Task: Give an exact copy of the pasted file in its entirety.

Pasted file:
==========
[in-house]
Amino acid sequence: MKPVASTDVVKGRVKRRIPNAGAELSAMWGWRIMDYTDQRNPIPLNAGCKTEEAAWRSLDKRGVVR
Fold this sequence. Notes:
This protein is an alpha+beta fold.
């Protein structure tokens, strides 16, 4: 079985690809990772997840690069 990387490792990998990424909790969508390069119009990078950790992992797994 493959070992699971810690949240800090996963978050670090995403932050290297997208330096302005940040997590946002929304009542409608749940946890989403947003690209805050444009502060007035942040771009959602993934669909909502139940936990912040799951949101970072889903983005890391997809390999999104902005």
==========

[in-house]
Amino acid sequence: MKPVASTDVVKGRVKRRIPNAGAELSAMWGWRIMDYTDQRNPIPLNAGCKTEEAAWRSLDKRGVVR
Fold this sequence. Notes:
This protein is an alpha+beta fold.
């Protein structure tokens, strides 16, 4: 079985690809990772997840690069 990387490792990998990424909790969508390069119009990078950790992992797994 493959070992699971810690949240800090996963978050670090995403932050290297997208330096302005940040997590946002929304009542409608749940946890989403947003690209805050444009502060007035942040771009959602993934669909909502139940936990912040799951949101970072889903983005890391997809390999999104902005």